“We had 100 students in Italy and we had to get them home. First question was -- who is paying?” said Spencer. “We had to just pay it and figure it out later. What that crisis really showed is that no one knew what to do, but they knew how you talked to them when trying to figure it out and that’s what people remember.”

“I tried to be as transparent as I possibly could with information that I had and understand that everyone was being impacted by COVID and some more than others,” said Gooden. “My principle has been to really be authentic and demonstrate that I understand and care about the challenges that they face and although we are connected by the Wilder School and VCU, we are connected as humans and in the professional community.”

“Our folks understand care, health and privacy. I asked myself, ‘How can I get care in the institutions?’ When we put care forward, it costs the university less,” stated Hamilton.

Acting Towards Social Justice and Racial Equity

The police murders of unarmed African Americans during the summer of 2020 also presented an opportunity for panelists to activate community discussions about social justice and to develop plans around racial equity.

“After the George Floyd murder, we came together and created a racial equity action plan (REAP). With everything that was taking place and thinking about our namesake, we wanted to make sure we took seriously the challenges that were before us,” said Gooden.

“The months after the George Floyd murder were emotional management. We are often taught to be very practical and solve problems but, in that citation -- those are not things we can solve, but instead figure out how to relate to people, give them hope and quiet,” said Spencer. “That moment gave people who had been working on these issues for years some spotlights and to really be heard, so we organized focus groups to give a space for people to have those conversations.”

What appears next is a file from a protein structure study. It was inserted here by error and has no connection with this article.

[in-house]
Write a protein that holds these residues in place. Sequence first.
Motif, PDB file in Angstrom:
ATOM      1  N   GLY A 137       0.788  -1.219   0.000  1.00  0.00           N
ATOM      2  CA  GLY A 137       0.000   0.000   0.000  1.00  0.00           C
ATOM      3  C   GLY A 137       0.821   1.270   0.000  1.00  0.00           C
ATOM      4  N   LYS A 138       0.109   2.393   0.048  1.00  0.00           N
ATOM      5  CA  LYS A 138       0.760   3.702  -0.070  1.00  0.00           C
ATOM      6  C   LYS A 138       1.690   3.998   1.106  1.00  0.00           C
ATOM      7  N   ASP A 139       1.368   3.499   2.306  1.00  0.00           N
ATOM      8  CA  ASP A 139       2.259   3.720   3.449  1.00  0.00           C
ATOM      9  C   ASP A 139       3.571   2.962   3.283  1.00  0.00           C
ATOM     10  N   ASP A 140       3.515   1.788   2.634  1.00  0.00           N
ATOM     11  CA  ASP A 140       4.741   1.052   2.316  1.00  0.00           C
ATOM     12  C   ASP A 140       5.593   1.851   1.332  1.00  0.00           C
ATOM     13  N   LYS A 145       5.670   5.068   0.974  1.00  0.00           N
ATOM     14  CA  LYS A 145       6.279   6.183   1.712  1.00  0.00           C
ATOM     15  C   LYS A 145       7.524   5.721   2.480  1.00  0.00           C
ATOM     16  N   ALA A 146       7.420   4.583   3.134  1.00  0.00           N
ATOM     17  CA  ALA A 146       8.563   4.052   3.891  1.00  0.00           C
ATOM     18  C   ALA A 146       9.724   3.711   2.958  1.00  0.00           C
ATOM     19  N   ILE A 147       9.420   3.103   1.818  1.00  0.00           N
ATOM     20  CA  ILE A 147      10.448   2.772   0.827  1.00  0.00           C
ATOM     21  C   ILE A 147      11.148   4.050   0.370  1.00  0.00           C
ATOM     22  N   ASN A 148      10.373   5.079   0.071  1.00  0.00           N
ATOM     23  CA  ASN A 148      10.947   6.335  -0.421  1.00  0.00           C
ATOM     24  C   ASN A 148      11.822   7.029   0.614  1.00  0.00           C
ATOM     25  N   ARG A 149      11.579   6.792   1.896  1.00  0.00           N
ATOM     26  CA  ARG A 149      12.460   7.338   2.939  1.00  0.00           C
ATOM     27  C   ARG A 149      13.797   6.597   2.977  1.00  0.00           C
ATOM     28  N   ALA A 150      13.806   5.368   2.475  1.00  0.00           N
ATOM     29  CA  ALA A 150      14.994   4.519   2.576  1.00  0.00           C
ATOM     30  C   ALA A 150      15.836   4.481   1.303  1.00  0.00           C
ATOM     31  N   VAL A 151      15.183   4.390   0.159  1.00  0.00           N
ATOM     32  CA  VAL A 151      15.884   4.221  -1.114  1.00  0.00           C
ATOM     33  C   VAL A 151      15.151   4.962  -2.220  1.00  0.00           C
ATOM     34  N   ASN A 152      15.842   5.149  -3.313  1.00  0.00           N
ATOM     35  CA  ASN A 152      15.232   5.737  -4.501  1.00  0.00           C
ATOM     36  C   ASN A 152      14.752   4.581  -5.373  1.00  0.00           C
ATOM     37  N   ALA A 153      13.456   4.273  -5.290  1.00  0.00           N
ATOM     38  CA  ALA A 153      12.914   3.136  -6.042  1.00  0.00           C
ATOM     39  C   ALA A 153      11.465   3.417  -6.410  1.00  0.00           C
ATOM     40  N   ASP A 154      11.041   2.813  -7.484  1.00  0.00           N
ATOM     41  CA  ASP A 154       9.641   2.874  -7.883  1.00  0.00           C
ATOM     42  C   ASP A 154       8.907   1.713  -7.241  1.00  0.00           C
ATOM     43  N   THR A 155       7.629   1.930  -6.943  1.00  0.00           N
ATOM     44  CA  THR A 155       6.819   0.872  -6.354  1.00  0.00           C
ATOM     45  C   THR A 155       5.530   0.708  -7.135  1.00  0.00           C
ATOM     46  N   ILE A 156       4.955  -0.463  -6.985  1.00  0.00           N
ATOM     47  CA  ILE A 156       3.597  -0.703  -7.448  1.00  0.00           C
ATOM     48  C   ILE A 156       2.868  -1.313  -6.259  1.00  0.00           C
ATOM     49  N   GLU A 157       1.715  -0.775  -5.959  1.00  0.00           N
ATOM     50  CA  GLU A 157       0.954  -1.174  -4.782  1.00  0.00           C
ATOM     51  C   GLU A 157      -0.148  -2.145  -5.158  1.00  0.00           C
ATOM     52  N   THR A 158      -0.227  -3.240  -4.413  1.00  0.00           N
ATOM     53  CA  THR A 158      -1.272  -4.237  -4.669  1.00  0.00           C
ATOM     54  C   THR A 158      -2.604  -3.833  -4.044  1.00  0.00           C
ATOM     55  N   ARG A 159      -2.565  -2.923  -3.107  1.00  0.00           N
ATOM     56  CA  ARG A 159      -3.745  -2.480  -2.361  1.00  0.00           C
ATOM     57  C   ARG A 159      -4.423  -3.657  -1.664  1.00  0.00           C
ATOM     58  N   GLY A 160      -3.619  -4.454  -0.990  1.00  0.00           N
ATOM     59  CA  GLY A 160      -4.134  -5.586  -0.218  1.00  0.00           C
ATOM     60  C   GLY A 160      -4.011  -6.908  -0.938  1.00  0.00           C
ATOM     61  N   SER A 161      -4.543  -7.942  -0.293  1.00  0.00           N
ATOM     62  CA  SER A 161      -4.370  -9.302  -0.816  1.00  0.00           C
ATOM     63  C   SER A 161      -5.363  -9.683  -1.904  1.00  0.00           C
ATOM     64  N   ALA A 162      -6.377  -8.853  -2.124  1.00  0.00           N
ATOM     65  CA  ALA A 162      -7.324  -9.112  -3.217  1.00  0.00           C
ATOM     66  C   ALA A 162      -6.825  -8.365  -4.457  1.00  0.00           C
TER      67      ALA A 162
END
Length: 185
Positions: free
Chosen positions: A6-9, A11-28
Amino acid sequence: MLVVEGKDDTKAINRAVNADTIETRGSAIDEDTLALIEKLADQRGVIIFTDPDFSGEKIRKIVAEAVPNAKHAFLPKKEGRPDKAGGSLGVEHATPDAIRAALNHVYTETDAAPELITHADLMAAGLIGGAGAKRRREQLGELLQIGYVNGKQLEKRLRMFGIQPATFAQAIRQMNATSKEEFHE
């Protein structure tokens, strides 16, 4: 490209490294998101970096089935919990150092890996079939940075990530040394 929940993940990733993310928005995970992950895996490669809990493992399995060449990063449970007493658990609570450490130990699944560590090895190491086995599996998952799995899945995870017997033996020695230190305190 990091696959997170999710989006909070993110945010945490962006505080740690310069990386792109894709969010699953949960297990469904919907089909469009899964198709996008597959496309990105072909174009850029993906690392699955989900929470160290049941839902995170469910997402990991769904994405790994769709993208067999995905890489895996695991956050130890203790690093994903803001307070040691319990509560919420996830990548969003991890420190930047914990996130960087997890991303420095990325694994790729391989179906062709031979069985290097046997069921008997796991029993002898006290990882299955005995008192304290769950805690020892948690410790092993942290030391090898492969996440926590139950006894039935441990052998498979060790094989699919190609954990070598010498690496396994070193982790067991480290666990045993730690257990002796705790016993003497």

“I had to ask ‘What does it mean when I say Black Lives Matter and it is not in our practices, in our policies, etc.?’ It was doing more harm than good at the time and firing up convictions of people in school,” said Hamilton. “We are disoriented in the institution. We need to reorient ourselves and learn the history -- looking evermore in the moment and asking how can I dismantle white supremacy?”

Moving Forward

The panel agreed that the parameters, guidelines and policies of higher education have changed drastically over the last year and how it's important to keep the momentum moving in the right direction.

“Higher education was not on a great pathway before the pandemic. I think that there is a critical mass of people thinking big now,” said Spencer.

“There have been silver linings that have come to bear at the macro level seeing all of the policies being implemented that otherwise would never have been. Opportunity to have telehealth, GRE scores, etc. A lot of the things from an equity and public policy standpoint that people had worked on were just stripped away in a matter of seconds,” stated Gooden.

“How are we going to reshape what’s going to last? What are we going to go back to? What are some of the things that we want for our students? There are tremendous opportunities structurally to see how we will go back.”